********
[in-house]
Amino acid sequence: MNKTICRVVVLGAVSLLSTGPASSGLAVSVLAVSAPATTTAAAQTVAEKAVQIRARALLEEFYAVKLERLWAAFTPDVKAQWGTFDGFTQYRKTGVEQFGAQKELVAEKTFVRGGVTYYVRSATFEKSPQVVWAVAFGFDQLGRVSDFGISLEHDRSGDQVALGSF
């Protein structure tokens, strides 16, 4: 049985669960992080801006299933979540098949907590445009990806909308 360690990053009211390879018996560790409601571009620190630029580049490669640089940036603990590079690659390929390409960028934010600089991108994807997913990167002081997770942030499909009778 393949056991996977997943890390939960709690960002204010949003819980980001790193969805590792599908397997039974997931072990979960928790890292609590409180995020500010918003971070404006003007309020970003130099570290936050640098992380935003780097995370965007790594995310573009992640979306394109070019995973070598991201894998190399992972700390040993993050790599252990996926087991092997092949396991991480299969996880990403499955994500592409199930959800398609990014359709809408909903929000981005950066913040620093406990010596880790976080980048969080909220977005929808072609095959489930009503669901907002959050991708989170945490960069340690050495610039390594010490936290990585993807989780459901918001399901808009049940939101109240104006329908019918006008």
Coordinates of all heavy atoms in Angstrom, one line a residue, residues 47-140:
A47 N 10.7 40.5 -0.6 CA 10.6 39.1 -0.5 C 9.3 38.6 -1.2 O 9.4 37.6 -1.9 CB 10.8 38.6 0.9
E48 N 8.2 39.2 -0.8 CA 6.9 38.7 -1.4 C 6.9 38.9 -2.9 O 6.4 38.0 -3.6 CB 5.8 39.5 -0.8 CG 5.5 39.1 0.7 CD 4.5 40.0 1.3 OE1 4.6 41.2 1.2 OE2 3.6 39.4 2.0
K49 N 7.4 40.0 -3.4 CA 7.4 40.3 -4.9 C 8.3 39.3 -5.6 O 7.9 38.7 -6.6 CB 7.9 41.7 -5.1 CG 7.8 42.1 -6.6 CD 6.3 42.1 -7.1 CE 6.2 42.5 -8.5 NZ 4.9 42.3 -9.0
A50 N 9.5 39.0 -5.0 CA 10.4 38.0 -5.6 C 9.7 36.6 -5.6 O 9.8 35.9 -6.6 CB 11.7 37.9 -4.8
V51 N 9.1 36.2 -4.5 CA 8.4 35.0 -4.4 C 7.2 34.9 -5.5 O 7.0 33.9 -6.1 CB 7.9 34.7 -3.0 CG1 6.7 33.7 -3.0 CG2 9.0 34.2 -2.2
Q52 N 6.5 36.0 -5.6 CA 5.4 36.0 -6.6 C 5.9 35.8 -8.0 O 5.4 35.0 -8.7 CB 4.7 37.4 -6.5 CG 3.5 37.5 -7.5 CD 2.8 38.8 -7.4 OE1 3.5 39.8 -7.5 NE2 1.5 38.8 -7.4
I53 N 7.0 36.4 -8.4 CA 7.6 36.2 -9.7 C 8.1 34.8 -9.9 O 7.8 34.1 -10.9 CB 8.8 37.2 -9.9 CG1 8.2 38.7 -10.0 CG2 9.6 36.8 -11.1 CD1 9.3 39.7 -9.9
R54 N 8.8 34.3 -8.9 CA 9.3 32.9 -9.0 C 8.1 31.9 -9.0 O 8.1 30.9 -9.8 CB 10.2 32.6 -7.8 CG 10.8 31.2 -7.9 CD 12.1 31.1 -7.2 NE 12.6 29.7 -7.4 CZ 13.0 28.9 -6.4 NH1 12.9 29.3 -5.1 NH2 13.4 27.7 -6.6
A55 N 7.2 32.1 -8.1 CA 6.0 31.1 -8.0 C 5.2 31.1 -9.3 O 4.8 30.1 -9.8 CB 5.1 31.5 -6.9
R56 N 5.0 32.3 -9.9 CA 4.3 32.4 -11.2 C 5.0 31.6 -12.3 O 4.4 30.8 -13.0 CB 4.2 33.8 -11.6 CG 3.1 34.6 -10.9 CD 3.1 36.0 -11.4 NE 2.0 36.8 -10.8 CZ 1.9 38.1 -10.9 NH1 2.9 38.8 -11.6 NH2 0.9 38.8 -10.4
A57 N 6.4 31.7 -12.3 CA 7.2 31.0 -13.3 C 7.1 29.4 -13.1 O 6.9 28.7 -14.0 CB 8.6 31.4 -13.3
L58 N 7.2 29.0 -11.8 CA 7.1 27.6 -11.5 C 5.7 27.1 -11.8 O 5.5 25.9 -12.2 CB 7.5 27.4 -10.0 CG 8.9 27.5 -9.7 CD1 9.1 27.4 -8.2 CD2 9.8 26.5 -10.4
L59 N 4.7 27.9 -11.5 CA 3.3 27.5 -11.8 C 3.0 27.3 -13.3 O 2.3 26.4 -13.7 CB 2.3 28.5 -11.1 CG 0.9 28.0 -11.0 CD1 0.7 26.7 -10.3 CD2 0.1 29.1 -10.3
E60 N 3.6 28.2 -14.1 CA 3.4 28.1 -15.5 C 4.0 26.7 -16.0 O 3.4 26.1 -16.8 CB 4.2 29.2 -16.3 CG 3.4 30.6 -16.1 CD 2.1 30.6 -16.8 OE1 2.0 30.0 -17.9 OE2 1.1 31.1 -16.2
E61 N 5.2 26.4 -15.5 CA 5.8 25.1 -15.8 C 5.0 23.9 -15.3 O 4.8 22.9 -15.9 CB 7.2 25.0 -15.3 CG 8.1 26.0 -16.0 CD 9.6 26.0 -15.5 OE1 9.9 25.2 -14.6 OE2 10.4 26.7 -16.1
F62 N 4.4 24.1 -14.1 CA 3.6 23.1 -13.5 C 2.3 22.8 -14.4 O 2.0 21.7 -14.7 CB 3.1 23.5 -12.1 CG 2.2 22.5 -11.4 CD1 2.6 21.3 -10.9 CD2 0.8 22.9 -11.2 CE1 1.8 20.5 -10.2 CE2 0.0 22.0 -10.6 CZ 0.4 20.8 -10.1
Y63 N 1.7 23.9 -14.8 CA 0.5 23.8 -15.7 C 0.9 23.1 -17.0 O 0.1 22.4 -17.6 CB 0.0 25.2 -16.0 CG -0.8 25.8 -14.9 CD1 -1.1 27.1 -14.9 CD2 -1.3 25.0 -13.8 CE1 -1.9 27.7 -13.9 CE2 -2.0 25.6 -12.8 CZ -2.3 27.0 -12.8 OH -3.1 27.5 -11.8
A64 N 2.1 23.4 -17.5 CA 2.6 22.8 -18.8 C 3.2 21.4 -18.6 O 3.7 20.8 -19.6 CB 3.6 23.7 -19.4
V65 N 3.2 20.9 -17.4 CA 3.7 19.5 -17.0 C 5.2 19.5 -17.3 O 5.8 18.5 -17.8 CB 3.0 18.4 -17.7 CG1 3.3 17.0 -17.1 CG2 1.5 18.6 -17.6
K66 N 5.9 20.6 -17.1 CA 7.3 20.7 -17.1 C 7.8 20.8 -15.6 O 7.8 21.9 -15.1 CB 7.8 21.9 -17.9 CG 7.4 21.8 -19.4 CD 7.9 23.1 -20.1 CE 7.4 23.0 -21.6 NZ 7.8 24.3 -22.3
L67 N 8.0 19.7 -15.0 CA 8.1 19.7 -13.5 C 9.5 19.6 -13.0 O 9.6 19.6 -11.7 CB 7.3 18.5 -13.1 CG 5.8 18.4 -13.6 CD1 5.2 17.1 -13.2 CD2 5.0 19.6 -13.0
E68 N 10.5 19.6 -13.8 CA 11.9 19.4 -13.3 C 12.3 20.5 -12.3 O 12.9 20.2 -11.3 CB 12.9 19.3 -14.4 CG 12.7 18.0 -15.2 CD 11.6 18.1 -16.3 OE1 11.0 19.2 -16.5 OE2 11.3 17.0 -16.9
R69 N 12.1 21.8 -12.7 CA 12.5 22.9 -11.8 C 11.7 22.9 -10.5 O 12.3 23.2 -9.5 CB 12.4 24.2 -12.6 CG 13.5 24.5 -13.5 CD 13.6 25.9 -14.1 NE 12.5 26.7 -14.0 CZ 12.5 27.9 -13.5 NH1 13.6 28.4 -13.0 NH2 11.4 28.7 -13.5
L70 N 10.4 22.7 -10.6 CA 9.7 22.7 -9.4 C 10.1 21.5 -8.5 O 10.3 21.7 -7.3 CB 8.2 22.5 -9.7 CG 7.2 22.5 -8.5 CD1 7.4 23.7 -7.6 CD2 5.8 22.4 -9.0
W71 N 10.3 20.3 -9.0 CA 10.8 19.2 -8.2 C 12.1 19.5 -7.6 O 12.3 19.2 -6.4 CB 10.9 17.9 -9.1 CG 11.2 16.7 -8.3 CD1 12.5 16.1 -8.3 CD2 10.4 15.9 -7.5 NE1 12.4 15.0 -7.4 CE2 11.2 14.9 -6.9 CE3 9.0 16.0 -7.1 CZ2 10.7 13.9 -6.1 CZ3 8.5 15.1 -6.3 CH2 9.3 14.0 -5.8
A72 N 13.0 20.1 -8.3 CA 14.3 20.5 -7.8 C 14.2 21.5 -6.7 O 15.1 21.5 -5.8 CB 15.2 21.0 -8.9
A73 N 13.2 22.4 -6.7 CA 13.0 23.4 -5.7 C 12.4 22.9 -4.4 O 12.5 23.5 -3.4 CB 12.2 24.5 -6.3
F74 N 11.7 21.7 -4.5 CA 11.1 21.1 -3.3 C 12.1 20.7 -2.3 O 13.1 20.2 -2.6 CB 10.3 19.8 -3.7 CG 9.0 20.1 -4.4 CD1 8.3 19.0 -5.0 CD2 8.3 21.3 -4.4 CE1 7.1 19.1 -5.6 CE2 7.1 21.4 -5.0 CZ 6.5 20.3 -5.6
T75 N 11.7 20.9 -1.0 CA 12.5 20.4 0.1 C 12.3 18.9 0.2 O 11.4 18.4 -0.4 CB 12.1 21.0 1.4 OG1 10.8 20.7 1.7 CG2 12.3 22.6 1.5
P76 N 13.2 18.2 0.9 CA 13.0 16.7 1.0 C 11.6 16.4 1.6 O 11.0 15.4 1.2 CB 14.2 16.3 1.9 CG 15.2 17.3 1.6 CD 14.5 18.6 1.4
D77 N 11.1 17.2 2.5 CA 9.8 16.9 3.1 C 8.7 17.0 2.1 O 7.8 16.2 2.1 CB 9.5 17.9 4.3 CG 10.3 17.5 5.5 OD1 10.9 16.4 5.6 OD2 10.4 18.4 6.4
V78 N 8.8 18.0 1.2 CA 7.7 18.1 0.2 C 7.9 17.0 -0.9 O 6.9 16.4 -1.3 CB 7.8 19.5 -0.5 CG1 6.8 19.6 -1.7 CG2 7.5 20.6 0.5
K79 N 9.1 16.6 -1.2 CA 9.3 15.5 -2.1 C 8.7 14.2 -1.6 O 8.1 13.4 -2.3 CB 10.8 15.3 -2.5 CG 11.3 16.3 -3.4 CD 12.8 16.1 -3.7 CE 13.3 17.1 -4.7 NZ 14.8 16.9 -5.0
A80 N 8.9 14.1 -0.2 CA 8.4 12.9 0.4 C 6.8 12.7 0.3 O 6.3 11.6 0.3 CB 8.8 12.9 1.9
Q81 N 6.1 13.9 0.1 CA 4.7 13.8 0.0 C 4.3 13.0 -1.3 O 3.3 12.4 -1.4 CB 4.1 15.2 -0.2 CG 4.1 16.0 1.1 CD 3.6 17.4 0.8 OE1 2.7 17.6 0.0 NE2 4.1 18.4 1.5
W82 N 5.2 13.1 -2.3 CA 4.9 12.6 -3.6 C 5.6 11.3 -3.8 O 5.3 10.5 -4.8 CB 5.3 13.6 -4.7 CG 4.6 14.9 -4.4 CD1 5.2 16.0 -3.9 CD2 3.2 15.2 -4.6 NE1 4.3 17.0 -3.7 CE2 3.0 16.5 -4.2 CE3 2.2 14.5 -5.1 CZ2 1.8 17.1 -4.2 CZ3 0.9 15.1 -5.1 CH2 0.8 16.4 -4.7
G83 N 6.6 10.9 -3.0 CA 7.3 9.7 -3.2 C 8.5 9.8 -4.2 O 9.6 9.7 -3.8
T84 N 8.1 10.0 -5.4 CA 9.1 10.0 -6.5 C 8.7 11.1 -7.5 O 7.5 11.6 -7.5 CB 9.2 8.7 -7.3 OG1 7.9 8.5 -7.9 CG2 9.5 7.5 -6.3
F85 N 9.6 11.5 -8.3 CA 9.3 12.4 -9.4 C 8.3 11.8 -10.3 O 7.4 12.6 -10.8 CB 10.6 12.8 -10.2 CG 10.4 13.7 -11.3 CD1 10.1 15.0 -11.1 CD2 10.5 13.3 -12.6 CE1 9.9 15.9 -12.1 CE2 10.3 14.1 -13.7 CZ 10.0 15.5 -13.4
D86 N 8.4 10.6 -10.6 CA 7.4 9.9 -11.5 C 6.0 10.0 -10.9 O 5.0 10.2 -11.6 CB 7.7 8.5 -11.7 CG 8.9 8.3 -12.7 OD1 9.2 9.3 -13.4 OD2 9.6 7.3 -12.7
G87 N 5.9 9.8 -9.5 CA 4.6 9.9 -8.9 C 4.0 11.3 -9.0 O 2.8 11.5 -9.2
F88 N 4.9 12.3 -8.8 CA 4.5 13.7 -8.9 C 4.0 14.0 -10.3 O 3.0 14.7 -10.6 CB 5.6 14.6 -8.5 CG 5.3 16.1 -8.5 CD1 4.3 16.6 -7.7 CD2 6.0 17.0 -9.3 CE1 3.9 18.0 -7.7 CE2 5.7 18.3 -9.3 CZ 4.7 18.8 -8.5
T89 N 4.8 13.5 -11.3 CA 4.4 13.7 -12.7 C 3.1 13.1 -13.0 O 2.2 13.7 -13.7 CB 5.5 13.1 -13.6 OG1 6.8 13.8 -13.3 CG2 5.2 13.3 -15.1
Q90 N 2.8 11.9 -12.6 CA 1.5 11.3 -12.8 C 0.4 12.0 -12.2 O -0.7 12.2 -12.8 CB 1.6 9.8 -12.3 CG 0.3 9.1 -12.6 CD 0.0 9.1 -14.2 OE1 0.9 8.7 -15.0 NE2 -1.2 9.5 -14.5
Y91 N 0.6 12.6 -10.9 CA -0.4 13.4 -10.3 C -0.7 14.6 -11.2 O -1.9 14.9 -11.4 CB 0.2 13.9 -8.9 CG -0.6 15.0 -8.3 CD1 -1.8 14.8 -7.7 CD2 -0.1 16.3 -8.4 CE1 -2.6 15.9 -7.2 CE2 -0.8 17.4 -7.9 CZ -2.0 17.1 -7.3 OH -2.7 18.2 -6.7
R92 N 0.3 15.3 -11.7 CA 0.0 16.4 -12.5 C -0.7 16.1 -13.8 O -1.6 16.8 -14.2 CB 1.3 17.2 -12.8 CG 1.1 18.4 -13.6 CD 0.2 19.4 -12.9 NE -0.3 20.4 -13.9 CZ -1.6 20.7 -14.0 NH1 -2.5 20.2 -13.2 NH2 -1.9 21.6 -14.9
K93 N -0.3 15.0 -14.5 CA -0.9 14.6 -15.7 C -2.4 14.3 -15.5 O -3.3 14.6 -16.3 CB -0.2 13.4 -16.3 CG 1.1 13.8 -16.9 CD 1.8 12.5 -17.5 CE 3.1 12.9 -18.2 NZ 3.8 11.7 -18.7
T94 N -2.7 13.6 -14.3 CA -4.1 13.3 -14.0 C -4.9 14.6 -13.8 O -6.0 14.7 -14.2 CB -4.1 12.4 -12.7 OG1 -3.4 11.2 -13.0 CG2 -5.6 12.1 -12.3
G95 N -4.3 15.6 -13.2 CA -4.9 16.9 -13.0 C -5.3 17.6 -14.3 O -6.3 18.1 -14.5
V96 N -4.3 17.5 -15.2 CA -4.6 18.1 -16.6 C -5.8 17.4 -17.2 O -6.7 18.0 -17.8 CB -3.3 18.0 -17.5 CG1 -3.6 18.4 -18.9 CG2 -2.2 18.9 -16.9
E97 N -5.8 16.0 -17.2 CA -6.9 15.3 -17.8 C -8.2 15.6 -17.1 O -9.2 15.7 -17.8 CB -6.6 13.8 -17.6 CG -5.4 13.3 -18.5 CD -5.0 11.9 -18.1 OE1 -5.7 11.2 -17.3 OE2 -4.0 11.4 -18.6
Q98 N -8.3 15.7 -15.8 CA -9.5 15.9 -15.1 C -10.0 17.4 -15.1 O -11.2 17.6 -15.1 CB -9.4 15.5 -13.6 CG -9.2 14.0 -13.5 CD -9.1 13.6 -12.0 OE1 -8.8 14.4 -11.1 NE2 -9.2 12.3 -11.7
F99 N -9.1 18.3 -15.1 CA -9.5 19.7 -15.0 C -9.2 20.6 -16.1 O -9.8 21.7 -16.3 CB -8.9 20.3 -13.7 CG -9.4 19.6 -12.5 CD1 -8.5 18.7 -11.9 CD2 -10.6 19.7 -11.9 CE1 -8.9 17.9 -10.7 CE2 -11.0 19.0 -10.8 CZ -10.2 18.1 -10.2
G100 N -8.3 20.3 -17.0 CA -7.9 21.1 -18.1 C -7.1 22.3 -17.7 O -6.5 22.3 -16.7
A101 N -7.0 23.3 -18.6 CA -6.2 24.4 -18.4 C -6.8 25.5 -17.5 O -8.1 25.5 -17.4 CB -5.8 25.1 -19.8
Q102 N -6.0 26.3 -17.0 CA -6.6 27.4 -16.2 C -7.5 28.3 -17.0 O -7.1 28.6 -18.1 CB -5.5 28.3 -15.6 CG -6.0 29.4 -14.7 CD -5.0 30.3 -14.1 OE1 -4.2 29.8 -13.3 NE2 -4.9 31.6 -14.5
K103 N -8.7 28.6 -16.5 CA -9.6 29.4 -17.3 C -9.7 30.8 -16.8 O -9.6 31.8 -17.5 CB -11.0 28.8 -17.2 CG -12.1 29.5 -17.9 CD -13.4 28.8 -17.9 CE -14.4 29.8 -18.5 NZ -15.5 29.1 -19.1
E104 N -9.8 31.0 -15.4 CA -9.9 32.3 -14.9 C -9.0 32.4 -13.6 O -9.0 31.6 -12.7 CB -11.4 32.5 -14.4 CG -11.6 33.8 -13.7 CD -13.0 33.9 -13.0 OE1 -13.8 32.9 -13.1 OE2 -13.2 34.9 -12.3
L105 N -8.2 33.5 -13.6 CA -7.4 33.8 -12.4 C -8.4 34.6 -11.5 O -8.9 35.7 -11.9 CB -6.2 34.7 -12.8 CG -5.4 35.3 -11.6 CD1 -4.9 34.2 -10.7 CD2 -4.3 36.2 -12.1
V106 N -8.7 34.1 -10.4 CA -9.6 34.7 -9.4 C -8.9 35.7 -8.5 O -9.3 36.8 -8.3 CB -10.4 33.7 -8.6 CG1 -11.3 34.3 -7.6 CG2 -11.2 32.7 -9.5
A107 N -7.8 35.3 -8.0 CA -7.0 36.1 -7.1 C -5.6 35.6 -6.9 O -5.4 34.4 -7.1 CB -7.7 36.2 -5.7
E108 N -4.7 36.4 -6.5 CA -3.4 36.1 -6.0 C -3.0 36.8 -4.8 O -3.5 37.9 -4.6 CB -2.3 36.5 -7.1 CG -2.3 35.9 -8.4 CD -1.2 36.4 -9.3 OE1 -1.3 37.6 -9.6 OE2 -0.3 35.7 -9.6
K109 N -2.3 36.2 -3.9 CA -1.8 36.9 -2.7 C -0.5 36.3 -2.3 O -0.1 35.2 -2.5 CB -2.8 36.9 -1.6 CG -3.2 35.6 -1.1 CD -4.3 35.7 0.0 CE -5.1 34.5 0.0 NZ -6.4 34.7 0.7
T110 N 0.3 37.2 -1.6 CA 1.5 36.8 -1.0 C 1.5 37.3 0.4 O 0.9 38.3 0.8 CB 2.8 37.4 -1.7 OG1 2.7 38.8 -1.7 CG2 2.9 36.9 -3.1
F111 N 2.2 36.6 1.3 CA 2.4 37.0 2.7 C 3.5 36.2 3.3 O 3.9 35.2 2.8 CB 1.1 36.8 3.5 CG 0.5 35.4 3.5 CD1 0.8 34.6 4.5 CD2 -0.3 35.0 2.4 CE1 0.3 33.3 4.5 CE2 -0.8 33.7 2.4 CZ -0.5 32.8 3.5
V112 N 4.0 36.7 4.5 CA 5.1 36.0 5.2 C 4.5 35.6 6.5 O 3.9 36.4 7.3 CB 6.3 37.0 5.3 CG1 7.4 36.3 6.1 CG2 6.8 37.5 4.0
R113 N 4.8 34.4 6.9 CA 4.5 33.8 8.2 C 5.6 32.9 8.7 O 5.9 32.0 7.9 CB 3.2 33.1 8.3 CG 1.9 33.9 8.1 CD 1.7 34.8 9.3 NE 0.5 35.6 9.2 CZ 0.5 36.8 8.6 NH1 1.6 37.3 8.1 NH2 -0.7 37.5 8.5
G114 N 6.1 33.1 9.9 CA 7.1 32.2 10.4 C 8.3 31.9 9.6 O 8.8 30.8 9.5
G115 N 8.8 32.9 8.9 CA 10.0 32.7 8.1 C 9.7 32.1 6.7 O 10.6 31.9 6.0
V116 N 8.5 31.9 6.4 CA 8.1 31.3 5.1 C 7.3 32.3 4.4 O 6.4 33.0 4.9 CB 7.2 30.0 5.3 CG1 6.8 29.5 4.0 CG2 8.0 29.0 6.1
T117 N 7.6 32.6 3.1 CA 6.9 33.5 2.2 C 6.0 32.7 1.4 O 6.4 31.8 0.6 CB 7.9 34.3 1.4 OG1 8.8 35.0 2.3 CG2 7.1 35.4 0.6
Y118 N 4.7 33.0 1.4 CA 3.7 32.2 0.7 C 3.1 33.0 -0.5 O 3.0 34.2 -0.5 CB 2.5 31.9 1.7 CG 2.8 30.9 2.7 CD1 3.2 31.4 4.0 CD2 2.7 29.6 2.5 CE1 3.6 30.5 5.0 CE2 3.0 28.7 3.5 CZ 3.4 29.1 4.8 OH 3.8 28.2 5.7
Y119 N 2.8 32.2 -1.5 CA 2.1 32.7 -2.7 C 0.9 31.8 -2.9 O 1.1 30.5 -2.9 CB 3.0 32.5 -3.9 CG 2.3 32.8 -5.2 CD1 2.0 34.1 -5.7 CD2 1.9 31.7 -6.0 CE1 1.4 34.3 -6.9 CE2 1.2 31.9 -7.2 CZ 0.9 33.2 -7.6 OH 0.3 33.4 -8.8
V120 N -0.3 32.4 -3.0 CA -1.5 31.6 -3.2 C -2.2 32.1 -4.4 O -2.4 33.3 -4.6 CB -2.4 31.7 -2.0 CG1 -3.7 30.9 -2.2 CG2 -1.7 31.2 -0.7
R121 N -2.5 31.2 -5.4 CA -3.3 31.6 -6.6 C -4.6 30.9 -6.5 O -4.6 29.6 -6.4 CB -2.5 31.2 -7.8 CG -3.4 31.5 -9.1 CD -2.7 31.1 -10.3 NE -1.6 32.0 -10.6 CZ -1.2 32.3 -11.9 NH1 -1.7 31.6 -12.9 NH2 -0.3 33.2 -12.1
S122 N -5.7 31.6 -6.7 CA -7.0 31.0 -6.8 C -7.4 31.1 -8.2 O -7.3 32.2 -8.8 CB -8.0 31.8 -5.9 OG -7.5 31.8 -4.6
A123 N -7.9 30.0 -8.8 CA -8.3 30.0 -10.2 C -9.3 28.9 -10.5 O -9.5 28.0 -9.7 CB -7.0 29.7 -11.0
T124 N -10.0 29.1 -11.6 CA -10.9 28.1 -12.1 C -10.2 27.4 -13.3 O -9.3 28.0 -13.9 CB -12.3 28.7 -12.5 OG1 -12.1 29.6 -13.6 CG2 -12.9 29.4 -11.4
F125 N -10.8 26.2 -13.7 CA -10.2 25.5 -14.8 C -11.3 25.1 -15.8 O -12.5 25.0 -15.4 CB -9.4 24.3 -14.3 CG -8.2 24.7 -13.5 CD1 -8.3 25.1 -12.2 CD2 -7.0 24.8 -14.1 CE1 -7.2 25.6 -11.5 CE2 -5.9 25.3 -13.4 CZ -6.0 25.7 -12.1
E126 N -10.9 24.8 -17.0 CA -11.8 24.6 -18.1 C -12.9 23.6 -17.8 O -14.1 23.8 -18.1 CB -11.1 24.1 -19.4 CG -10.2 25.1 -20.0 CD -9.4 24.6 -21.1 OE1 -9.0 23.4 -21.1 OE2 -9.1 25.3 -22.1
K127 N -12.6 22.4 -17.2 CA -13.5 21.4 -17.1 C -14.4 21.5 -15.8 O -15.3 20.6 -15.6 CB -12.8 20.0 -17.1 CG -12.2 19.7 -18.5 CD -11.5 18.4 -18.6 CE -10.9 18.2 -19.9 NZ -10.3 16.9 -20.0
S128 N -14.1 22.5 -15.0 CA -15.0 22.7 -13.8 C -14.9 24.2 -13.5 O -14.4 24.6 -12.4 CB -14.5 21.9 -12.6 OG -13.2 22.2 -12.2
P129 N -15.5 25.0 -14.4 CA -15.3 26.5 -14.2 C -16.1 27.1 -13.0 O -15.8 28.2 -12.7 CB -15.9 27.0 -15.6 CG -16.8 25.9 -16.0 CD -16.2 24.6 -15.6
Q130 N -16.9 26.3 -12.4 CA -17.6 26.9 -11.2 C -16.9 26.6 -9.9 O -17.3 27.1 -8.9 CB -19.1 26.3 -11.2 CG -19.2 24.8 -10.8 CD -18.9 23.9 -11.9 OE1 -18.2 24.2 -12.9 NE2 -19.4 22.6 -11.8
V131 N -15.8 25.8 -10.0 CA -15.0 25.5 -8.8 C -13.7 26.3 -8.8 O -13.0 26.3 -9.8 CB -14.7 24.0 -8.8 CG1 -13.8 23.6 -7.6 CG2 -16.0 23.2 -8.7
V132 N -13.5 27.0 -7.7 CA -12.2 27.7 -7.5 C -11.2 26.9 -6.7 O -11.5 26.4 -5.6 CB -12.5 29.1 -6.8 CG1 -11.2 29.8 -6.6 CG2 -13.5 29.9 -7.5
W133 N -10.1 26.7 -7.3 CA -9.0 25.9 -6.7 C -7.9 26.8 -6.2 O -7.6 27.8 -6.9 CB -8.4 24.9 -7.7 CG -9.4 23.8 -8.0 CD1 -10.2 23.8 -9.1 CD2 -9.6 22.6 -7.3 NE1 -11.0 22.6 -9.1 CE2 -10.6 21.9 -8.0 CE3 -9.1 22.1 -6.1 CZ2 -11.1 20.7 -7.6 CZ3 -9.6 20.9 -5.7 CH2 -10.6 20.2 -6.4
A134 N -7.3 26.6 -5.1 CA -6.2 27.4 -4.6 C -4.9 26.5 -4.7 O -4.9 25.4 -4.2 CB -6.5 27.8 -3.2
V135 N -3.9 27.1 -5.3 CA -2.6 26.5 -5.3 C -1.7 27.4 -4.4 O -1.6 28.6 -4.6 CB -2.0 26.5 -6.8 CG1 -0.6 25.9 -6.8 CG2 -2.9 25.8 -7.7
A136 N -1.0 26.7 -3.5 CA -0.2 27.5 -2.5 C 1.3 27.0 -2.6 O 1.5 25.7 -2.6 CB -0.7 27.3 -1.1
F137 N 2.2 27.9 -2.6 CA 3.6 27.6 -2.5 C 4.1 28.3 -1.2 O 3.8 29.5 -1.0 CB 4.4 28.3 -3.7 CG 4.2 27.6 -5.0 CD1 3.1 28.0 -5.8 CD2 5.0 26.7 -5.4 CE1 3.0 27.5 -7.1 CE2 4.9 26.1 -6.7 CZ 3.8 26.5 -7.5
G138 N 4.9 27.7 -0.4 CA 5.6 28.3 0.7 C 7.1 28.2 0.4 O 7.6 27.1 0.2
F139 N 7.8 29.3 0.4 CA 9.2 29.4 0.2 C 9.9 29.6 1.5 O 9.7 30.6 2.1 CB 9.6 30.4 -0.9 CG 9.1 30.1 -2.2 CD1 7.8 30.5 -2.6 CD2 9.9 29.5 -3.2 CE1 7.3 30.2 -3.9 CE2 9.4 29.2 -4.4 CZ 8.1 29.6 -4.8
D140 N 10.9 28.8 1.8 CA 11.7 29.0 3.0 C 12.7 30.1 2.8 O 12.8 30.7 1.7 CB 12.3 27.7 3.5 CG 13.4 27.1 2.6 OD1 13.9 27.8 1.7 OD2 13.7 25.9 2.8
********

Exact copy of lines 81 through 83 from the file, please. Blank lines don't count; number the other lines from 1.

A123 N -7.9 30.0 -8.8 CA -8.3 30.0 -10.2 C -9.3 28.9 -10.5 O -9.5 28.0 -9.7 CB -7.0 29.7 -11.0
T124 N -10.0 29.1 -11.6 CA -10.9 28.1 -12.1 C -10.2 27.4 -13.3 O -9.3 28.0 -13.9 CB -12.3 28.7 -12.5 OG1 -12.1 29.6 -13.6 CG2 -12.9 29.4 -11.4
F125 N -10.8 26.2 -13.7 CA -10.2 25.5 -14.8 C -11.3 25.1 -15.8 O -12.5 25.0 -15.4 CB -9.4 24.3 -14.3 CG -8.2 24.7 -13.5 CD1 -8.3 25.1 -12.2 CD2 -7.0 24.8 -14.1 CE1 -7.2 25.6 -11.5 CE2 -5.9 25.3 -13.4 CZ -6.0 25.7 -12.1